|Jmol-3D images||Image 1|
|Molar mass||297.27 g/mol|
|Solubility in other solvents||Decomposes|
|Except where noted otherwise, data are given for materials in their standard state (at 25 °C (77 °F), 100 kPa)|
|(what is: / ?)|
- UF4 + 2 Al(BH4)3 → U(BH4)4 + 2 Al(BH4)F2
- UCl4 + 4 LiBH4 → U(BH4)4 + 4 LiCl
Although U(BH4)4 is polymeric in the solid state, U(BH3CH3)4 is monomeric and hence more volatile
During the Manhattan Project the need arose to find volatile compounds of uranium suitable for use in the diffusion separation of uranium isotopes. Uranium borohydride is, after uranium hexafluoride, the most volatile compound of uranium known with a vapor pressure of 4 mmHg (530 Pa) at 60 °C. Uranium borohydride was discovered by Hermann Irving Schlesinger and Herbert C. Brown, who also discovered sodium borohydride.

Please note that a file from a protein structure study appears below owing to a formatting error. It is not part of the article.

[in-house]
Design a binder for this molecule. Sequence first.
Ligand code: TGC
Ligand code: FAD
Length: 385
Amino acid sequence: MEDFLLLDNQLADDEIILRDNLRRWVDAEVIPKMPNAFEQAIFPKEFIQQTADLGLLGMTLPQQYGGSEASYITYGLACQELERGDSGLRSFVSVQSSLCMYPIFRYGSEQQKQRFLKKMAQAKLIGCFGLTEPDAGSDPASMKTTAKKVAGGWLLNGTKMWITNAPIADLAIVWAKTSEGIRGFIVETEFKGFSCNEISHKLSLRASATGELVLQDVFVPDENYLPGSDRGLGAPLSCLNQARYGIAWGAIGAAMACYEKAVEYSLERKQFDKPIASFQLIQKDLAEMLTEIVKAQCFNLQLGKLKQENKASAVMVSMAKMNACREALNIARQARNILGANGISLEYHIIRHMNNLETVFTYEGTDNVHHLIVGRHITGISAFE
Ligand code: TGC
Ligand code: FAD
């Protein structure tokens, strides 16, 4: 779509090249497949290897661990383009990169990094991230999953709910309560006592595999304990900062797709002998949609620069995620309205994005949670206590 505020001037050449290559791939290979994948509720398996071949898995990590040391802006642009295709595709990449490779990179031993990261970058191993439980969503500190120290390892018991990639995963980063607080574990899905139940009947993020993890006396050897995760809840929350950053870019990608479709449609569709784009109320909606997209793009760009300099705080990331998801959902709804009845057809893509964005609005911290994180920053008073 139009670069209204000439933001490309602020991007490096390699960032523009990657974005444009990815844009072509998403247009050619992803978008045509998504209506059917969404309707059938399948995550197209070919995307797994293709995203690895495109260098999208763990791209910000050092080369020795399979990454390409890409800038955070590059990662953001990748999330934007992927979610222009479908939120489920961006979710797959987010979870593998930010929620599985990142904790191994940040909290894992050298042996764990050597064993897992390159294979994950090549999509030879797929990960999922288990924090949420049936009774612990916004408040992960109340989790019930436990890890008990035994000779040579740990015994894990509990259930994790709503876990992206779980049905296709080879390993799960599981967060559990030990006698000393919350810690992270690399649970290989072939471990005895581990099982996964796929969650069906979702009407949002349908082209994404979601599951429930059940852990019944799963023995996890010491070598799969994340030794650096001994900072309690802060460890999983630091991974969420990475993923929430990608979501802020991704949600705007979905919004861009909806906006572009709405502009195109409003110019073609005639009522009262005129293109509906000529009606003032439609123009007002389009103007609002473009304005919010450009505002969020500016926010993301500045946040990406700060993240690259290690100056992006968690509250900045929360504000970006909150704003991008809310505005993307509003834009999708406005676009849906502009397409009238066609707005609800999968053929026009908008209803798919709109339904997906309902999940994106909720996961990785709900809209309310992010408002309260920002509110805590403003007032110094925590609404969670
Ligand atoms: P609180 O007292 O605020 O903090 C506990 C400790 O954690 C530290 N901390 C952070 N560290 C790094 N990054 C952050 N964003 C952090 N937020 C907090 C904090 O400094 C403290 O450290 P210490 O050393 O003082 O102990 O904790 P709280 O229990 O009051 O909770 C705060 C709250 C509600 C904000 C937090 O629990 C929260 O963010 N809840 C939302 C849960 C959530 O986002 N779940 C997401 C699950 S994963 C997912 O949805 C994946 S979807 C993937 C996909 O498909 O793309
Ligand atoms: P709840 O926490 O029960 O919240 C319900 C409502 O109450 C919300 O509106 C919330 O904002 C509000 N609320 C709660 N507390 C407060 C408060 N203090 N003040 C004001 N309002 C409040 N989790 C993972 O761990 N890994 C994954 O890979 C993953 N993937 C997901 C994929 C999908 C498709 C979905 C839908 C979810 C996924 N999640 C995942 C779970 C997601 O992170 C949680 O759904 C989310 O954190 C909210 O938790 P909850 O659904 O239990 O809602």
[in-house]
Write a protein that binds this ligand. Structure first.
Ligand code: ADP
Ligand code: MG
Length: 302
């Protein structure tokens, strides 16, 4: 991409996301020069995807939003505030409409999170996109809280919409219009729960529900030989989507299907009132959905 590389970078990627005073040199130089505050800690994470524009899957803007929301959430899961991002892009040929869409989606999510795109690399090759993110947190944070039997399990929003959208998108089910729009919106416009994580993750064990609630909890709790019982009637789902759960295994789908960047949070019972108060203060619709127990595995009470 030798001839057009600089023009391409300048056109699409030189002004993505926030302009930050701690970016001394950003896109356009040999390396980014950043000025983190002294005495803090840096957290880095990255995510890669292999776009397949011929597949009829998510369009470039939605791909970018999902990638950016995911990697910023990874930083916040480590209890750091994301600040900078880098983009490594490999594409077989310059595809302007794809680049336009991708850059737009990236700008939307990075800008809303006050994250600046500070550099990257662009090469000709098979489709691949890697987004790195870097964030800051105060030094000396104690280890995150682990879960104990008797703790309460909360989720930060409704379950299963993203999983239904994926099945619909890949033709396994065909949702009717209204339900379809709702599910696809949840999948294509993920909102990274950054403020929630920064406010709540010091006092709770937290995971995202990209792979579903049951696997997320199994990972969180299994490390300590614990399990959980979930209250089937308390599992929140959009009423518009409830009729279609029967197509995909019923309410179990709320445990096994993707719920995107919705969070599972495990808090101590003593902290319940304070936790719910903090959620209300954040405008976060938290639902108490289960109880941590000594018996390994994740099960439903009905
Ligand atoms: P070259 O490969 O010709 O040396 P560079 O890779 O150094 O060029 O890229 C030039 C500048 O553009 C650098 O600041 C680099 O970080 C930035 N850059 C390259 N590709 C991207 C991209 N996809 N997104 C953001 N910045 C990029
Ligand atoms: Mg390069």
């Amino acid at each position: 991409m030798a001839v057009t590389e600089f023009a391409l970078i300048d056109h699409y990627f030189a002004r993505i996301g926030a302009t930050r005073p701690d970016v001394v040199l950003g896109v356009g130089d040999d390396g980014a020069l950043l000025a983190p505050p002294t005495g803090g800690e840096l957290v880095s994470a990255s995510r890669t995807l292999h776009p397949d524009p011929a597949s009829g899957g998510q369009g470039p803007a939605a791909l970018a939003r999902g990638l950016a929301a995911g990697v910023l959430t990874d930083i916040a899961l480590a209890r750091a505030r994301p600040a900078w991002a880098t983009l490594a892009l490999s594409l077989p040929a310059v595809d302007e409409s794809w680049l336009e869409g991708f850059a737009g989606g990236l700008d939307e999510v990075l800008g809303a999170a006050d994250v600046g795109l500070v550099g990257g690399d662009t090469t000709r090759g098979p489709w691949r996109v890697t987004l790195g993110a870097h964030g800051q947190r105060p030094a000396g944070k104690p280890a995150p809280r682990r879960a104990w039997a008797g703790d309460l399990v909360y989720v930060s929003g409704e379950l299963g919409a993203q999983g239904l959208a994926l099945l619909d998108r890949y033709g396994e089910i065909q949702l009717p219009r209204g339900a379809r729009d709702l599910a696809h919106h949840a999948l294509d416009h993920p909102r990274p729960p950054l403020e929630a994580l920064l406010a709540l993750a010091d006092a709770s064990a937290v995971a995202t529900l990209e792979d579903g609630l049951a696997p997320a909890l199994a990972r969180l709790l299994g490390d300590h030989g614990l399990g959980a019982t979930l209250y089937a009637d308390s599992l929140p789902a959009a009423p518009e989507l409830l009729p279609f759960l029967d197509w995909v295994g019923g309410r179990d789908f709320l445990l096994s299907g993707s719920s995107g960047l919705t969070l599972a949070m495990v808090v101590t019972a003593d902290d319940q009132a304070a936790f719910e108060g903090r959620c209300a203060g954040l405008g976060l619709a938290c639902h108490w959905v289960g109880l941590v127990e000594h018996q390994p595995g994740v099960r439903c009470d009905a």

Uranium hexafluoride is very corrosive, which presented serious handling difficulties, leading to serious consideration of the borohydride. However by the time the synthesis method was finalized, the uranium hexafluoride related problems were already solved. Borohydrides are nonideal ligands for isotope separations since boron occurs naturally with two abundant isotopes, 10B (20%) and 11B (80%).
Enrico Fermi's purported comment when he observed the neutron cross section for boron—"My God! It's as big as the side of a barn!"—not only gave a name to the unit of cross section (the barn); it also put an end to using uranium borohydride in the diffusion process.
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